Cardiff Airport has reported pre-tax losses of £5m for 2016-2017 financial year and revenues were also down around £400,000 from just over £17m to £16.6m.
The losses are an increase of £1m over the 2015-2016 losses of £4m. Despite the increase, the airport reports it is on track with its 5-year financial recovery plan.
Passenger numbers at the Welsh Government-owned airport have been steadily increasing with estimates putting 2017 growth at around 6-8% for the year although official figures from the Civil Aviation Authority (CAA) are yet to be released.
Part of the long-term plan at Cardiff is to make the airport more attractive to investors, the Welsh Government is coming under increasing pressure about its ownership of the site with many believing it should have sold part of the business to private investors. First Minister Carwyn Jones recently said that he was “not wedded” to the idea of the Welsh Government being the majority owner of the airport giving his first hint at private investment.
The airport has been undergoing a series of investments which saw the capital expenditure hit £3.6m during the last financial year, this included 3 brand new fire engines and terminal upgrades.
Passenger figures for 2016 stood at 1.36m and 2017 is expected to be around 1.47m but with the airport aims to get to 2m by 2020, that growth would require a significant upward trend in passenger figures, however. If that goal is achieved then the value of the airport could be as high as £120m, a much more attractive prospect to potential investors.
Qatar Airways, which launches its daily Doha flight in May, brings a potential extra 150,000 passengers to the 2018/19 financial year however that is likely to leave the airport around 1/2m short on its target going to 2019/2020 and it’s not immediately obvious to see where the airport can pick up those numbers.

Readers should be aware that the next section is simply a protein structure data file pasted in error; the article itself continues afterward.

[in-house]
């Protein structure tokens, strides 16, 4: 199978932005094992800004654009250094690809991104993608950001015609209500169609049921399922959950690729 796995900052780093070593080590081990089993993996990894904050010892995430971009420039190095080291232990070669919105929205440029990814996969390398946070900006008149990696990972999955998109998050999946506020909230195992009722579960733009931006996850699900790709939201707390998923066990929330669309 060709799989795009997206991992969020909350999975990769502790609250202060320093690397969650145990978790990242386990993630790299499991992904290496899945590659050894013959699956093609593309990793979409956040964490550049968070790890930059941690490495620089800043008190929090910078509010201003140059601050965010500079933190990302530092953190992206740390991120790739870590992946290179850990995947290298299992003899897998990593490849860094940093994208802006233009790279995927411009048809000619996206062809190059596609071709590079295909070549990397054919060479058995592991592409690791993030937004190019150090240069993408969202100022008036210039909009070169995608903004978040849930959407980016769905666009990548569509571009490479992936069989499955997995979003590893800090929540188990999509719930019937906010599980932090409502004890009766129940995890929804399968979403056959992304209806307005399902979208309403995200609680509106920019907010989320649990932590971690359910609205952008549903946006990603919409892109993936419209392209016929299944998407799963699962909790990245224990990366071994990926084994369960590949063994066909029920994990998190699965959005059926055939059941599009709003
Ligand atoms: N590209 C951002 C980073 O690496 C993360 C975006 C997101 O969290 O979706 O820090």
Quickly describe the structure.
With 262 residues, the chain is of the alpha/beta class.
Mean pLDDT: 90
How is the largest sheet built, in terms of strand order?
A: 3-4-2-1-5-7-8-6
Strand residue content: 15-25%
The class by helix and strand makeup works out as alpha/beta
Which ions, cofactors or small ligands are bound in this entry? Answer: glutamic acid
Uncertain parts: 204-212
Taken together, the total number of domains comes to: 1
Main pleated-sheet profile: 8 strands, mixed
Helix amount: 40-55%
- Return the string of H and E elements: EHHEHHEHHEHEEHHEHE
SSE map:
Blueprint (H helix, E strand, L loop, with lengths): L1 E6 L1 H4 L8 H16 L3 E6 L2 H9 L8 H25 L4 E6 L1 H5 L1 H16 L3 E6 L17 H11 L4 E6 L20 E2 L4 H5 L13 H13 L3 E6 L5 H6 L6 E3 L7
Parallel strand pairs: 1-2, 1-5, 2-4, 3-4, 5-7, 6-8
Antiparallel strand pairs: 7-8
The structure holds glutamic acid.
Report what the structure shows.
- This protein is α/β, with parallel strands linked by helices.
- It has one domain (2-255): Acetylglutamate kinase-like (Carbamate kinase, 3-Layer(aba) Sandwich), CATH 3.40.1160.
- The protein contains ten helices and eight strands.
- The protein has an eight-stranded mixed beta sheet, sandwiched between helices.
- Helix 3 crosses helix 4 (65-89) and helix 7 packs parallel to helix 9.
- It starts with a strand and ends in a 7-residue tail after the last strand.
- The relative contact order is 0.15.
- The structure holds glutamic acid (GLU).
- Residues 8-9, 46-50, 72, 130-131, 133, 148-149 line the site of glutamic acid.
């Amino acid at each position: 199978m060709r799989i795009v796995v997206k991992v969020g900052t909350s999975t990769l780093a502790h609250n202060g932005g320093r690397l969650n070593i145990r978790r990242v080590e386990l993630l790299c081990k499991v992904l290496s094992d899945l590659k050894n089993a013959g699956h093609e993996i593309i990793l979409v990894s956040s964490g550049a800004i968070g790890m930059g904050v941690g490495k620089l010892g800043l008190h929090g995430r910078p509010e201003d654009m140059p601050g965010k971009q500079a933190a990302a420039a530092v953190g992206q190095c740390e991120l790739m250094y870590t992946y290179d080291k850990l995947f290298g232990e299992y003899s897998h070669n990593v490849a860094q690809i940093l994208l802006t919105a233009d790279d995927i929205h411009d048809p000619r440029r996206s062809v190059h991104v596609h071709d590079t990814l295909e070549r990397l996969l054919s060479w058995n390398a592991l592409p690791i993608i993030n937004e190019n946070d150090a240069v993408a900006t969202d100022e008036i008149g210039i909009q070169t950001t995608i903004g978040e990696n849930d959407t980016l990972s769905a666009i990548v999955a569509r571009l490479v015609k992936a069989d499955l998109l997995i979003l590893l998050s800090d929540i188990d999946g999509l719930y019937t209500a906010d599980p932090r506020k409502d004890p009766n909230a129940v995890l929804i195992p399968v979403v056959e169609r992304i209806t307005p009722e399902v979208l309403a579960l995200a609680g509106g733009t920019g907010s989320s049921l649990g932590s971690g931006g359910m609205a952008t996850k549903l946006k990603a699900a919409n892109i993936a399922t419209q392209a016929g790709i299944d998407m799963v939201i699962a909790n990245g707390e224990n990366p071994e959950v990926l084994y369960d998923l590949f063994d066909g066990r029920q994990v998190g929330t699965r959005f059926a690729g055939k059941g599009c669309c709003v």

Sources have said that the Welsh Government and Cardiff Airport are trying to woo at least one transatlantic airline as well as a second carrier from the Middle East and it is hoped that Qatar Airways success will attract feeder options, not just for existing airline Flybe, but a potential new carrier, possibly a low-cost carrier. But no matter how you look at it, even with Qatar Airways, finding over 500,000 passengers in 2 years is a very big ask.
Freight is another potential source of revenue for the airport. The requirement for freight between the Middle-east and Wales does exist and each of Qatar Airways Boeing 787-8 Dreamliners can take around 15t of cargo.
If freight services were to grow at Cardiff Airport it has the characteristics that could attract large freight organisations thanks its large runway, light traffic and thanks to a new road that is being planned, easy access to the M4.
It is certainly an avenue that many want to be explored and comparisons with East Midlands airport have been regularly made.
As for the immediate future, Cardiff Airport needs to attract new routes and new airlines if it is to meet its target of 3m passengers by 2025. Its current growth rate is going to leave it falling well short but in order to do that, it has to play to its strengths.
If the airport tries to compete with neighbouring Bristol Airport on equal terms then it will fail. This year Bristol went over 8.1m passengers, a large portion of that number made up of Welsh passengers, so convincing established airlines to choose Cardiff over Bristol would be an almost impossible task. Cardiff, therefore, has to take advantage of its longer runway and focus on medium to long haul flights acting as a gateway to Wales and the Southwest of England in a way it has with Qatar Airways.
Devolution and reduction of Long-Haul Air Passenger Duty (APD), which has been called for not only by the Airport but the travel Industry and business across Wales, would make Cardiff Airport very attractive to long-haul airlines and could well be the difference between success and failure. If only Alun Cairns, Welsh Secretary & MP for the Vale of Glamorgan wasn’t so committed to not devolving it.